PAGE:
Global investment in new clean energy projects needs to rise dramatically if the world is to achieve zero net emissions – but a shift to grids based around lower-cost wind and solar will leave consumers better off, a new study says.
The global study, completed by infrastructure design consultancy Arcadis, estimates that a total of $9.9 trillion in new energy infrastructure investment is needed between now and 2050 in ten major markets. The investment peak will be A$1.29 trillion in 2028 – representing a massive ramp-up in investment from current levels.
For Australia, Arcadis has estimated that $165 billion would need to be spent on new clean energy projects over the next eight years if Australia is to put itself on a pathway to net zero emissions by 2050.
This capital expenditure would include $110 billion in new investment on new solar, wind and hydroelectricity projects, with an additional $55 billion in new transmission and distribution network infrastructure.
The study estimates that Australia’s annual investment in new renewable energy projects would need to peak in 2030 at $21 billion – almost triple the estimated $7.7 billion that was invested in 2020.
After more than a decade of delays and uncertainty around national energy and climate policies, which has put the country at the tail end of the energy transition, the study found that Australia now faces one of the steepest tasks in transforming its energy system.
“The model shows Australia has one of the steepest – and most unrealistic – timetables, needing to halve emissions within two years,” Arcadis said in a statement.
“This would require adding 9.3GW of clean energy capacity and developing significant and workable carbon capture and storage (CCS) projects to remove emissions associated with 8.5GW of fossil fuel generation.”
While this level of investment is ambitious and beyond anything previously achieved in Australia, Arcadis found it would ultimately leave energy consumers better off – with Australia in a position to cut costs faster than international peers.
“The transition could mean consumers in some countries see a reduction in bills long before others. Across Europe, for example, supercharging the transition would result in energy bill savings later in the transition compared to Australia, Brazil, China, India, and the USA,” the study says.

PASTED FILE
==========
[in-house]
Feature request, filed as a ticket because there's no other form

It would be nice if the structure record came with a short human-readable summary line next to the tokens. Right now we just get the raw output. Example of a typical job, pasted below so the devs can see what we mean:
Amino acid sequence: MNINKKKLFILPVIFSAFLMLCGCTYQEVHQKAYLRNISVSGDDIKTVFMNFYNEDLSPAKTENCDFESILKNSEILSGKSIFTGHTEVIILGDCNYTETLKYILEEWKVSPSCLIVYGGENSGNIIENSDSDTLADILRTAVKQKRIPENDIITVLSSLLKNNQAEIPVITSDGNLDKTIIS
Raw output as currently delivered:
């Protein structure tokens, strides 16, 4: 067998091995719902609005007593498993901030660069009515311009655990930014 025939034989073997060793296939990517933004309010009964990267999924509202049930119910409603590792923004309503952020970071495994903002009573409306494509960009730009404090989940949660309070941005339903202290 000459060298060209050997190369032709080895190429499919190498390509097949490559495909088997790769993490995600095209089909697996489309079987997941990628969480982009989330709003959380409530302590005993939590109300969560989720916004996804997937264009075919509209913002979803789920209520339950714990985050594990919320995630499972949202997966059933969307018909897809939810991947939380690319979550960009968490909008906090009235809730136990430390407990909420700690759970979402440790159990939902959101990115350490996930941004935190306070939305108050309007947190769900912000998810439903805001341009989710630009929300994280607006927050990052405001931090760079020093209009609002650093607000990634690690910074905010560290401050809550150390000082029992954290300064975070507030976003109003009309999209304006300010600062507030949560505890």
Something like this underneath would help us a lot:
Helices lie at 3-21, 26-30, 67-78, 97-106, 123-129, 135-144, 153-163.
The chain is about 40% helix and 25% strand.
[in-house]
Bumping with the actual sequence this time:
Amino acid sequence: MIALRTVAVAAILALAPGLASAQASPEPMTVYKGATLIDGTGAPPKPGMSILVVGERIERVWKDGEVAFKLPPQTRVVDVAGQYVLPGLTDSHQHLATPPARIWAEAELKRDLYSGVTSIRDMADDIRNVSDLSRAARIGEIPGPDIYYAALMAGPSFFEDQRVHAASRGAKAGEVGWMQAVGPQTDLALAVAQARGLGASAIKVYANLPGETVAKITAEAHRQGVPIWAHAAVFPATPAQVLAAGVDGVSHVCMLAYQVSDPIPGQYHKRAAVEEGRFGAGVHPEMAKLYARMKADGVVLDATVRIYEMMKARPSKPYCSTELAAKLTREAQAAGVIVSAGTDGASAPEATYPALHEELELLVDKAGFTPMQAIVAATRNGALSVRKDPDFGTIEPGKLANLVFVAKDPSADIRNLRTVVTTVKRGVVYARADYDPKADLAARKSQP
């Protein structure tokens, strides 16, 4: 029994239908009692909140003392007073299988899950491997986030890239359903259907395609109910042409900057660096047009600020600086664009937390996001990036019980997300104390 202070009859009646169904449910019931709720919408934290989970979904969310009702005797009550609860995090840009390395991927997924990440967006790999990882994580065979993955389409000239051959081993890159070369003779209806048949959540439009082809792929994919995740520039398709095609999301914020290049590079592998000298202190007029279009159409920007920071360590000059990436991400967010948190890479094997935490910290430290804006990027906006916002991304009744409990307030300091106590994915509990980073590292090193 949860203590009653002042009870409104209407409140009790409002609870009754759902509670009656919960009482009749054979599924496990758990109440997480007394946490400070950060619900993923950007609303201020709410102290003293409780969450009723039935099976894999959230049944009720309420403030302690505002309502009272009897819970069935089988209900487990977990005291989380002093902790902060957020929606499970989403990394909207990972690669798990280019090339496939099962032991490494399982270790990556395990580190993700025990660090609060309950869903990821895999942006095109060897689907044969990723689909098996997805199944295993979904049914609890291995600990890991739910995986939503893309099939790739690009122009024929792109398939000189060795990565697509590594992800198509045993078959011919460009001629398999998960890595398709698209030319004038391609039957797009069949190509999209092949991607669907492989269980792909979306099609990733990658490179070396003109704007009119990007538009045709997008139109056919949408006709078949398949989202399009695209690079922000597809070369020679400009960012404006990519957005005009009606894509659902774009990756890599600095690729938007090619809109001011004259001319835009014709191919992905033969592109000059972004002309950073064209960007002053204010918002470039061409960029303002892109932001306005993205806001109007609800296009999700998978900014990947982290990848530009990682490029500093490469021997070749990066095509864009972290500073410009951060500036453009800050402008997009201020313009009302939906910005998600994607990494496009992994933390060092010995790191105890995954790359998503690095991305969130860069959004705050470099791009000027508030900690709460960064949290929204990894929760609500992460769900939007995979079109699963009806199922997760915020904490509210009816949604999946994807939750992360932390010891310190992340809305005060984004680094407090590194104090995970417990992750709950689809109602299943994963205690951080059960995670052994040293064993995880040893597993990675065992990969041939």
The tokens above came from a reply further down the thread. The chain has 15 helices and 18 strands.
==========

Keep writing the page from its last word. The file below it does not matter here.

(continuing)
“By 2045, however, the consumers in all ten markets in this study would have access to both a low-carbon electricity grid and a reduction in overall energy bills.”
Across the ten countries considered by the study, energy consumers were estimated to be saving $106 a year in energy costs by 2030, growing to $323 a year by 2050, should the ambitious investment in new energy infrastructure was made to reach zero net emissions.
The study simulated the energy pathways needed to get to net zero emissions across Australia, China, the United States, Brazil, the UK, France, Germany, India, the Netherlands and Belgium.
Arcadis’ Australian lead for energy and resources, Luke Keys, said that the assessment was a “sobering reality check” on the scale of the task ahead of countries like Australia to successfully achieve a target of zero net emissions.
“Even if we were able to flip the switch to a world where all governments committed themselves to the 2050 goal, the speed of transition and innovation required to get to net-zero in time to keep warming under 1.5 degrees make the goal extremely tough to achieve,” Keys said.
“In Australia’s case, getting to net zero in the timetable defined in this study seems impossible.”
Keys added that it was likely that governments would need to begin preparation for the future impacts of global warming that already appear to be locked in.
“Unfortunately, the only conclusion we can make is that while doing everything we can to reduce emissions, we also need to begin planning for the impacts of global warming. At a practical level this means a focus on more resilient infrastructure, industries and supply chains, and coordinated policy across all levels of Government,” Keys said.
The study suggested that limiting global warming to just 1.5 degrees may no longer be practically achievable, given the rapid reductions in emissions needed – as indicated by a recent authoritative assessment published by the IPCC, – but still provided an indication of the scale of change that governments need to be aiming for.
“If we were to progress to a global net zero economy, consistent with a 1.5°C scenario, all countries in our study would need to cut their energy sector emissions in half by 2029, with most countries having to halve their emissions within the next four years,” the study says.
“Although this scenario is not practically achievable, understanding how rapid transition would ideally happen provides a target for us to work towards.”